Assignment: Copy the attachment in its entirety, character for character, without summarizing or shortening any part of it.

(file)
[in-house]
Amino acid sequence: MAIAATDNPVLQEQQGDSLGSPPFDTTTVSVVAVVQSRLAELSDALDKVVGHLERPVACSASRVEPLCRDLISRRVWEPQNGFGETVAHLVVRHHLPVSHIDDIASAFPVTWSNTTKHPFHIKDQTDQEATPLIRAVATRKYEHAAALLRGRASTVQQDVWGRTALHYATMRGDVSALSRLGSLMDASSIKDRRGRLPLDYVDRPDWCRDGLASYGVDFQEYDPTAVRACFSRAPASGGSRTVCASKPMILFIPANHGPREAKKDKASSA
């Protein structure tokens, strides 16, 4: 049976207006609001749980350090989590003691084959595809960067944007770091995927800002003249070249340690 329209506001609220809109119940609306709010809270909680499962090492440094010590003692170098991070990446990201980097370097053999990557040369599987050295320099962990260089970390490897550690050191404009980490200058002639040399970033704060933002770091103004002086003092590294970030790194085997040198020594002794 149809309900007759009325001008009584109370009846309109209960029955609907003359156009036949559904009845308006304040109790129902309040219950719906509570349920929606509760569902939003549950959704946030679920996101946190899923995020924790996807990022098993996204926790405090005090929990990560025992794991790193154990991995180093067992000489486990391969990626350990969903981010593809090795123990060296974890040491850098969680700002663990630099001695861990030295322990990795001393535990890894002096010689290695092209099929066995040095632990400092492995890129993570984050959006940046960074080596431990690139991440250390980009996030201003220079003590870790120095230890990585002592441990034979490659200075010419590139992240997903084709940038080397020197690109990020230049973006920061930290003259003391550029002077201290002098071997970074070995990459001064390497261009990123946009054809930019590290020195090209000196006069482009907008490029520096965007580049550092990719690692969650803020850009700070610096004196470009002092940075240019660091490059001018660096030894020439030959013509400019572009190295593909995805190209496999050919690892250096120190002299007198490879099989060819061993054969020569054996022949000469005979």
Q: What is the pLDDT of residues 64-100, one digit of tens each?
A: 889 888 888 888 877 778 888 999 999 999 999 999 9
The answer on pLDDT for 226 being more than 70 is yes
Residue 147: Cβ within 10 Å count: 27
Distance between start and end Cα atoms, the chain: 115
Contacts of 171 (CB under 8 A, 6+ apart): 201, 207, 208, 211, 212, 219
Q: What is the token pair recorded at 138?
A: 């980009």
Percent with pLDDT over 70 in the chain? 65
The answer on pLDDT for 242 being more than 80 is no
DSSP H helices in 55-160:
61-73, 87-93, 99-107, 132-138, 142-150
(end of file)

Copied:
[in-house]
Amino acid sequence: MAIAATDNPVLQEQQGDSLGSPPFDTTTVSVVAVVQSRLAELSDALDKVVGHLERPVACSASRVEPLCRDLISRRVWEPQNGFGETVAHLVVRHHLPVSHIDDIASAFPVTWSNTTKHPFHIKDQTDQEATPLIRAVATRKYEHAAALLRGRASTVQQDVWGRTALHYATMRGDVSALSRLGSLMDASSIKDRRGRLPLDYVDRPDWCRDGLASYGVDFQEYDPTAVRACFSRAPASGGSRTVCASKPMILFIPANHGPREAKKDKASSA
């Protein structure tokens, strides 16, 4: 049976207006609001749980350090989590003691084959595809960067944007770091995927800002003249070249340690 329209506001609220809109119940609306709010809270909680499962090492440094010590003692170098991070990446990201980097370097053999990557040369599987050295320099962990260089970390490897550690050191404009980490200058002639040399970033704060933002770091103004002086003092590294970030790194085997040198020594002794 149809309900007759009325001008009584109370009846309109209960029955609907003359156009036949559904009845308006304040109790129902309040219950719906509570349920929606509760569902939003549950959704946030679920996101946190899923995020924790996807990022098993996204926790405090005090929990990560025992794991790193154990991995180093067992000489486990391969990626350990969903981010593809090795123990060296974890040491850098969680700002663990630099001695861990030295322990990795001393535990890894002096010689290695092209099929066995040095632990400092492995890129993570984050959006940046960074080596431990690139991440250390980009996030201003220079003590870790120095230890990585002592441990034979490659200075010419590139992240997903084709940038080397020197690109990020230049973006920061930290003259003391550029002077201290002098071997970074070995990459001064390497261009990123946009054809930019590290020195090209000196006069482009907008490029520096965007580049550092990719690692969650803020850009700070610096004196470009002092940075240019660091490059001018660096030894020439030959013509400019572009190295593909995805190209496999050919690892250096120190002299007198490879099989060819061993054969020569054996022949000469005979």
Q: What is the pLDDT of residues 64-100, one digit of tens each?
A: 889 888 888 888 877 778 888 999 999 999 999 999 9
The answer on pLDDT for 226 being more than 70 is yes
Residue 147: Cβ within 10 Å count: 27
Distance between start and end Cα atoms, the chain: 115
Contacts of 171 (CB under 8 A, 6+ apart): 201, 207, 208, 211, 212, 219
Q: What is the token pair recorded at 138?
A: 């980009």
Percent with pLDDT over 70 in the chain? 65
The answer on pLDDT for 242 being more than 80 is no
DSSP H helices in 55-160:
61-73, 87-93, 99-107, 132-138, 142-150